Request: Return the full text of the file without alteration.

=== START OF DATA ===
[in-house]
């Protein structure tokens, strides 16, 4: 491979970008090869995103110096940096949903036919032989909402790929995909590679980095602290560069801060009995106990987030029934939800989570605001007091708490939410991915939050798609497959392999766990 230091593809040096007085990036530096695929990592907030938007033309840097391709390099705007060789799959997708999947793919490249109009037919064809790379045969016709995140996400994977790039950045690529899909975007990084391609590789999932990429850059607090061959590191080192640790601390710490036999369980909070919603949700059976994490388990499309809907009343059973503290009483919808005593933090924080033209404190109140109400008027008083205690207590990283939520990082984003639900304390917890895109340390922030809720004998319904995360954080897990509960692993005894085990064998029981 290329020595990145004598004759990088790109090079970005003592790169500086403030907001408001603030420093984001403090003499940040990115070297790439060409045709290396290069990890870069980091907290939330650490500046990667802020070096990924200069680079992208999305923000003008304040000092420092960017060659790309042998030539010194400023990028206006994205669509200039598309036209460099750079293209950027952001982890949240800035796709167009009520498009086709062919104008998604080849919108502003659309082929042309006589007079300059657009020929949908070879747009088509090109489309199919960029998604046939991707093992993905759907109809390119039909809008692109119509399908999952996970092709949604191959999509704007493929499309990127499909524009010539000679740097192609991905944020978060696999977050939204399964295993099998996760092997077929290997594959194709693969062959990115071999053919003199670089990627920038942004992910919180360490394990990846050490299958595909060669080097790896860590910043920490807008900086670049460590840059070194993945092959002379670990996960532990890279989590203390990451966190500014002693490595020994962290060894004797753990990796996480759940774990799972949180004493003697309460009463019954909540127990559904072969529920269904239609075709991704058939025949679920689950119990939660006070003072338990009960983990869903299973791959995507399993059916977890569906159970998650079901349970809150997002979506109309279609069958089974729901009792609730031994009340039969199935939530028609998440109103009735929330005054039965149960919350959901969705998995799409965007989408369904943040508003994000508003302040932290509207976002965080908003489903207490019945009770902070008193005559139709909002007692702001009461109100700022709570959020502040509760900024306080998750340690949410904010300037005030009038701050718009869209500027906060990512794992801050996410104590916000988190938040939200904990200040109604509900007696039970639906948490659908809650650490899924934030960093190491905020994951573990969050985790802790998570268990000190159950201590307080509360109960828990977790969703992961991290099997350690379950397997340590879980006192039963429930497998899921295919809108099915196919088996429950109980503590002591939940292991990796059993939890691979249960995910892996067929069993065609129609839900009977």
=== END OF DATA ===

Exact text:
[in-house]
């Protein structure tokens, strides 16, 4: 491979970008090869995103110096940096949903036919032989909402790929995909590679980095602290560069801060009995106990987030029934939800989570605001007091708490939410991915939050798609497959392999766990 230091593809040096007085990036530096695929990592907030938007033309840097391709390099705007060789799959997708999947793919490249109009037919064809790379045969016709995140996400994977790039950045690529899909975007990084391609590789999932990429850059607090061959590191080192640790601390710490036999369980909070919603949700059976994490388990499309809907009343059973503290009483919808005593933090924080033209404190109140109400008027008083205690207590990283939520990082984003639900304390917890895109340390922030809720004998319904995360954080897990509960692993005894085990064998029981 290329020595990145004598004759990088790109090079970005003592790169500086403030907001408001603030420093984001403090003499940040990115070297790439060409045709290396290069990890870069980091907290939330650490500046990667802020070096990924200069680079992208999305923000003008304040000092420092960017060659790309042998030539010194400023990028206006994205669509200039598309036209460099750079293209950027952001982890949240800035796709167009009520498009086709062919104008998604080849919108502003659309082929042309006589007079300059657009020929949908070879747009088509090109489309199919960029998604046939991707093992993905759907109809390119039909809008692109119509399908999952996970092709949604191959999509704007493929499309990127499909524009010539000679740097192609991905944020978060696999977050939204399964295993099998996760092997077929290997594959194709693969062959990115071999053919003199670089990627920038942004992910919180360490394990990846050490299958595909060669080097790896860590910043920490807008900086670049460590840059070194993945092959002379670990996960532990890279989590203390990451966190500014002693490595020994962290060894004797753990990796996480759940774990799972949180004493003697309460009463019954909540127990559904072969529920269904239609075709991704058939025949679920689950119990939660006070003072338990009960983990869903299973791959995507399993059916977890569906159970998650079901349970809150997002979506109309279609069958089974729901009792609730031994009340039969199935939530028609998440109103009735929330005054039965149960919350959901969705998995799409965007989408369904943040508003994000508003302040932290509207976002965080908003489903207490019945009770902070008193005559139709909002007692702001009461109100700022709570959020502040509760900024306080998750340690949410904010300037005030009038701050718009869209500027906060990512794992801050996410104590916000988190938040939200904990200040109604509900007696039970639906948490659908809650650490899924934030960093190491905020994951573990969050985790802790998570268990000190159950201590307080509360109960828990977790969703992961991290099997350690379950397997340590879980006192039963429930497998899921295919809108099915196919088996429950109980503590002591939940292991990796059993939890691979249960995910892996067929069993065609129609839900009977």